“Downton Abbey” creator Julian Fellowes readily admits during our recent webcam chat (watch above) to being a sentimental softie at heart. He was determined to give as many of his characters a happy ending as possible when the PBS period drama signed off after six seasons earlier this year. “I talked with (executive producers) Gareth Neame and Liz Trubridge about the stories. Some of the route was left unplanned so that things could change as I wrote the episodes but most of it was mapped out.”
Fellowes has written every episode of this acclaimed series that followed the wealthy Crawley family and their servants throughout the early 20th century. It began in the dark days leading up to World War I and ended with the joyous Jazz age. Major events were told through the stories of those who lived both upstairs and downstairs.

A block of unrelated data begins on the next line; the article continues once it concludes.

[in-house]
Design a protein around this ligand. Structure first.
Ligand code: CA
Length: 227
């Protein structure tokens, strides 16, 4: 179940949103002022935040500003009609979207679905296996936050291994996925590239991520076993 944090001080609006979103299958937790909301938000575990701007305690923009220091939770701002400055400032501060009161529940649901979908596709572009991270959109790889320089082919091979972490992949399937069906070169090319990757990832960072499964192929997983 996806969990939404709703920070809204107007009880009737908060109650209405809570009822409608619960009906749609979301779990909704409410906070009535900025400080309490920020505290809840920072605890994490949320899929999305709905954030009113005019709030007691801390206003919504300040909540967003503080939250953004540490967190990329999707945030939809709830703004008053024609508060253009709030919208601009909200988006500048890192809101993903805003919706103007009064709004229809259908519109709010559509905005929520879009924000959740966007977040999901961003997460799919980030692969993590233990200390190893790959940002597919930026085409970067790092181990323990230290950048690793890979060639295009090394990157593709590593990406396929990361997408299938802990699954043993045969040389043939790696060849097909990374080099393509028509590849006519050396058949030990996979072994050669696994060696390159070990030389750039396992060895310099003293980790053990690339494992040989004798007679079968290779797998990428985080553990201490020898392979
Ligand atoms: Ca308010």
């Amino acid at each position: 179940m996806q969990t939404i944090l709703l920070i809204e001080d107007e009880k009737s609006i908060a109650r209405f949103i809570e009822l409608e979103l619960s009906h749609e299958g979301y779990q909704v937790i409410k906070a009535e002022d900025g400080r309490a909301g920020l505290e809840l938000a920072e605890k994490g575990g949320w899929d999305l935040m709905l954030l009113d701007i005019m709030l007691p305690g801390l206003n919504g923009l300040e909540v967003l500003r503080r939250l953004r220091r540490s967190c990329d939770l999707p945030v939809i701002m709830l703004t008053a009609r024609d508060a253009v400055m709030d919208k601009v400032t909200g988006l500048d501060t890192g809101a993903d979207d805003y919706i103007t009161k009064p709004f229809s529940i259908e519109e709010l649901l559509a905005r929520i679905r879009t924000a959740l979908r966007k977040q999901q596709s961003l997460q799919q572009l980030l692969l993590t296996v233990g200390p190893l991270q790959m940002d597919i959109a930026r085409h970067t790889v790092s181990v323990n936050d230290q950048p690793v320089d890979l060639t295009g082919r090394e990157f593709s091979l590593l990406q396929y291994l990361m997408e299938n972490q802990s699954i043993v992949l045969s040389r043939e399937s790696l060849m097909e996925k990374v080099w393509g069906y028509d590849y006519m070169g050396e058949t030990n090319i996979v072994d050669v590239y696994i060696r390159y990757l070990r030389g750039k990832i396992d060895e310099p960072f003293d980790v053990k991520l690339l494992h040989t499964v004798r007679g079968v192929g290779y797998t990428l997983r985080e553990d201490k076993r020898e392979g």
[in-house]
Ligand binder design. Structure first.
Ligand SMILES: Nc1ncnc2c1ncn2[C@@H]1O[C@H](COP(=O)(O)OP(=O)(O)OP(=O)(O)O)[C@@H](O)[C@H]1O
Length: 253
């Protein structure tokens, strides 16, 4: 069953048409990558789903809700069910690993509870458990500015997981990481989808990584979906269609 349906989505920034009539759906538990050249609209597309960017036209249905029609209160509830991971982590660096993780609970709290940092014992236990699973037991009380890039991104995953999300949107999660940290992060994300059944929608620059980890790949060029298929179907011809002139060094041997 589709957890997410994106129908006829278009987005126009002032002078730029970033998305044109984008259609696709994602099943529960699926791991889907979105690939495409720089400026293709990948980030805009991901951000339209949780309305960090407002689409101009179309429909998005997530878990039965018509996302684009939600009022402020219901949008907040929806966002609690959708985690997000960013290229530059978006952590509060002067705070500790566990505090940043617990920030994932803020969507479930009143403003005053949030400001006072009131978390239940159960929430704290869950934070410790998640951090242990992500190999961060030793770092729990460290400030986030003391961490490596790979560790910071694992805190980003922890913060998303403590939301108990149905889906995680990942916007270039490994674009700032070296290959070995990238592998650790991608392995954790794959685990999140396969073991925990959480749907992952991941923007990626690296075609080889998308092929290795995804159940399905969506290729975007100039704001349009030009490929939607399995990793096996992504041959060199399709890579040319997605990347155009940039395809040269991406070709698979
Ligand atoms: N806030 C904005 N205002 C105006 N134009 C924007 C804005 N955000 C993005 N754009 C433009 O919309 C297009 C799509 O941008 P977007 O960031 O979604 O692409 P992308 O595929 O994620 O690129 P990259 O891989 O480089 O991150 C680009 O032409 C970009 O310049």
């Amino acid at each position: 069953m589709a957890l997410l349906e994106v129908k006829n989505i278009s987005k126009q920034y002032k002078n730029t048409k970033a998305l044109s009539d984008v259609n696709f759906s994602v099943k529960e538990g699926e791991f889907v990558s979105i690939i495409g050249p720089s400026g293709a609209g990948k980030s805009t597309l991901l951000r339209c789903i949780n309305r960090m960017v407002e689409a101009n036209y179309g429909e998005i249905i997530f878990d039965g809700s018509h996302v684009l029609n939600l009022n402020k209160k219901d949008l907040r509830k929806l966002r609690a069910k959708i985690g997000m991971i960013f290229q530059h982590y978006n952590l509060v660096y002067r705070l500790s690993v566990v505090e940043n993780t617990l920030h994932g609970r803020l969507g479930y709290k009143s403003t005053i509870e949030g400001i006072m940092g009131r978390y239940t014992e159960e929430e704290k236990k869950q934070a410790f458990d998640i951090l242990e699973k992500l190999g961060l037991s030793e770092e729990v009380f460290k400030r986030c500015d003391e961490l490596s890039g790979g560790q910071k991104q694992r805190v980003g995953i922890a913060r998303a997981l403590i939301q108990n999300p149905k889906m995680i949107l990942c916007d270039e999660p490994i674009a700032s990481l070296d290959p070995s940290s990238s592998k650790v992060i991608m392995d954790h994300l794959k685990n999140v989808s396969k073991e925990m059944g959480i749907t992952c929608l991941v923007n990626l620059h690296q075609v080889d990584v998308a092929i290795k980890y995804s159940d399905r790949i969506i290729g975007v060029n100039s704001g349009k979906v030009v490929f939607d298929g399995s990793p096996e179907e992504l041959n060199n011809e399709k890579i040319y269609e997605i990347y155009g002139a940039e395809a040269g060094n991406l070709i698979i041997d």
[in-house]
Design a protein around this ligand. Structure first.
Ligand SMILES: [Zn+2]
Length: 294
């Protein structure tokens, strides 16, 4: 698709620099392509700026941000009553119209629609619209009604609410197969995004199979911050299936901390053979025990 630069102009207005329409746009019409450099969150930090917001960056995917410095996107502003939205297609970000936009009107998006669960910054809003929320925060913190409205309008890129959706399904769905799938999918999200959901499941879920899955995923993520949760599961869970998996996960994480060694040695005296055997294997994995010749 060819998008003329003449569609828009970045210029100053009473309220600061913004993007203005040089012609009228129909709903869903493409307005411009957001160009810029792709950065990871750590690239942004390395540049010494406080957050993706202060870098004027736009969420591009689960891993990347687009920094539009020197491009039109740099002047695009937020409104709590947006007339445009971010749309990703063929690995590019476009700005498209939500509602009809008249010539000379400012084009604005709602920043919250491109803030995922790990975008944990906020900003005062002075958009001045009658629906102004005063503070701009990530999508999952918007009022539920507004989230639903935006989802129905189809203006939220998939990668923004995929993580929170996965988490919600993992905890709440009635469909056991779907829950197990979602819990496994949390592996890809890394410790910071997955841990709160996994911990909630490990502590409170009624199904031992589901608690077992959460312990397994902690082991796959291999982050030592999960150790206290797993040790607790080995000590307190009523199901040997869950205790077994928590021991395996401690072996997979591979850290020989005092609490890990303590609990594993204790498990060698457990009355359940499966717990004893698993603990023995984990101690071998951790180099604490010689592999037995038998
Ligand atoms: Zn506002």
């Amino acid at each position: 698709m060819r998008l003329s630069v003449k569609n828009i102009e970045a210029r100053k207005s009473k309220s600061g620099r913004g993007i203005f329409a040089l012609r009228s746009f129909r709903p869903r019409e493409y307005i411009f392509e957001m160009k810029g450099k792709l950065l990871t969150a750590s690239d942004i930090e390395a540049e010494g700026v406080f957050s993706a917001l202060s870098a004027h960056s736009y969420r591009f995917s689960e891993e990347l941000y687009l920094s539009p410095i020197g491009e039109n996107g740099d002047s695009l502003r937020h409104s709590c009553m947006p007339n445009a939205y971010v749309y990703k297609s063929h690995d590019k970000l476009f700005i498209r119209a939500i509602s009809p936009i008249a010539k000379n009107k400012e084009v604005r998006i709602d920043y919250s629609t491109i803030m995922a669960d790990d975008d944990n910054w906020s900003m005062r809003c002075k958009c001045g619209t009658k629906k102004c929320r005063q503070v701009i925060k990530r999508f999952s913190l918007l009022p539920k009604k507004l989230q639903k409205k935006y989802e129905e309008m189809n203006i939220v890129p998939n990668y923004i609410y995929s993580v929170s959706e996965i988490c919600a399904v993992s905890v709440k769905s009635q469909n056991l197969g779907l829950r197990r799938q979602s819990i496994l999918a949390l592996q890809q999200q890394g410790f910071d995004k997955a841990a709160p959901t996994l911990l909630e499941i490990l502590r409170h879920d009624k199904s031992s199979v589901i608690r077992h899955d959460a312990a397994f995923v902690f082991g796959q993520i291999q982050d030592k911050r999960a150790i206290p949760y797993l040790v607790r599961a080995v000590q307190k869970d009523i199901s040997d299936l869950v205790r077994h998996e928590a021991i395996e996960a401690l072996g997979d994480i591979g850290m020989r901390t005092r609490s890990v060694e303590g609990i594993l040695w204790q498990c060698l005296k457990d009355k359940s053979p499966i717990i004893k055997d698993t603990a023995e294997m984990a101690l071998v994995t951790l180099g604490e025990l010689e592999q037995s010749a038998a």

He reveals that the inspiration for “Downton Abbey” was the similarly-themed “Gosford Park” for which he won the Best Original Screenplay Oscar in 2001. “Gareth Neame asked me if I would consider going back into this territory for television. I wasn’t all that keen as I thought people would see it as asking for a second helping of the same piece of pie.” He decided to shift the time frame back two decades to 1912 as the film reflected the end of that way of life for the aristocracy. “And I think ‘Downton’ is warmer than ‘Gosford,’ we like the people more as they are kinder and decent.”
Fellowes, who created “Downton Abbey” as a one-off for ITV, won Best Movie/Mini Writing at the 2011 Emmys. Since the return of the show for a second season in 2012, he has contended every year for Best Drama Series and twice for writing. This year, he has submitted the penultimate episode for Emmy consideration, in which Mary (Michelle Dockery) sabotages her sister Edith (Laura Carmichael) who has found love at last.
In England, this was a cliffhanger, airing seven weeks before the finale was broadcast on Christmas day. As he explains his choice, “I am guided by Gareth. It has a mixture of tears and laughter.” However, he readily concedes that he was among those who wanted Edith to find happiness in the final episode. “I felt that she and we had earned it. We’d been up hill and down dale with her, using up a box of kleenex.”
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